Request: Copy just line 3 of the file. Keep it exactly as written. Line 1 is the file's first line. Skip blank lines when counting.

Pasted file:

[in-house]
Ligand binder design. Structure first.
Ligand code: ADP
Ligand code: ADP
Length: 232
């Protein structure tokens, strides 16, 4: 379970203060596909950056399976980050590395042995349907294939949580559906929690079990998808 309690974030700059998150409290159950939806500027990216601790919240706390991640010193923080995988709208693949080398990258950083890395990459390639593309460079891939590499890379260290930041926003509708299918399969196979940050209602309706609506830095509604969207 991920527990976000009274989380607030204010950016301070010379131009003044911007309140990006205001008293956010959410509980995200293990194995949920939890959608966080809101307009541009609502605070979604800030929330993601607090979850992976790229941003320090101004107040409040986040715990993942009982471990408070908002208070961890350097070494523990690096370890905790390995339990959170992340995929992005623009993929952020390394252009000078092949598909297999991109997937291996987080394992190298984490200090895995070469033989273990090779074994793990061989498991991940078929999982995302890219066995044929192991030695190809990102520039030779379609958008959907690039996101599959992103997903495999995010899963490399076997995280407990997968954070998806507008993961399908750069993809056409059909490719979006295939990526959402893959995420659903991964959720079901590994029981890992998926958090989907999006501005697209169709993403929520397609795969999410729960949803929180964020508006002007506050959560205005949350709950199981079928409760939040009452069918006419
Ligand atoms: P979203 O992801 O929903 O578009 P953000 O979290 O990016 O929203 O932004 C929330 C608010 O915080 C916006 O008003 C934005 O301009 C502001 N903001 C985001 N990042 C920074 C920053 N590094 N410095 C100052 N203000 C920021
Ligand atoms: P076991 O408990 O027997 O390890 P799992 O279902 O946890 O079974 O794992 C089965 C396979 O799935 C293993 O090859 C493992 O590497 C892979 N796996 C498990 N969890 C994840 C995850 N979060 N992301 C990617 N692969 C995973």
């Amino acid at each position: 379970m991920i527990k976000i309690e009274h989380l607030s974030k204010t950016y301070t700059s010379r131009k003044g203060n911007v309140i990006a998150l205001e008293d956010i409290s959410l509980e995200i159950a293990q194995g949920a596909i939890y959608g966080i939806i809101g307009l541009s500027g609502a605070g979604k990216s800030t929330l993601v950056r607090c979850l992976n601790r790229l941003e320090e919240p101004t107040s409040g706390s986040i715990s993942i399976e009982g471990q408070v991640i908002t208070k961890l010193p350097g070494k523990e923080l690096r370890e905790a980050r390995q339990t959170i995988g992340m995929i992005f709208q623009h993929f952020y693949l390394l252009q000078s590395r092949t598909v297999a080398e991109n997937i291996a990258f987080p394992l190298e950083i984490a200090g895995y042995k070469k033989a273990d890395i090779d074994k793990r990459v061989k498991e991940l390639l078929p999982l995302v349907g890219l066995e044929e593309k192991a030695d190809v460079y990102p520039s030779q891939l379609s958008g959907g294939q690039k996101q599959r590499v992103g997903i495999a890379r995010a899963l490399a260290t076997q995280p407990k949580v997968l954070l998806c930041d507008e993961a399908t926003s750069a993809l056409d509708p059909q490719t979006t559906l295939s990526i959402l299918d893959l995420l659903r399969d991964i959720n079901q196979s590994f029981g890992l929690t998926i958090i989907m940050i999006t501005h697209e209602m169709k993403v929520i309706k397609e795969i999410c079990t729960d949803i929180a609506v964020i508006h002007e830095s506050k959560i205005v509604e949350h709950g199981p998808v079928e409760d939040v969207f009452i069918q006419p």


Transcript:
Ligand code: ADP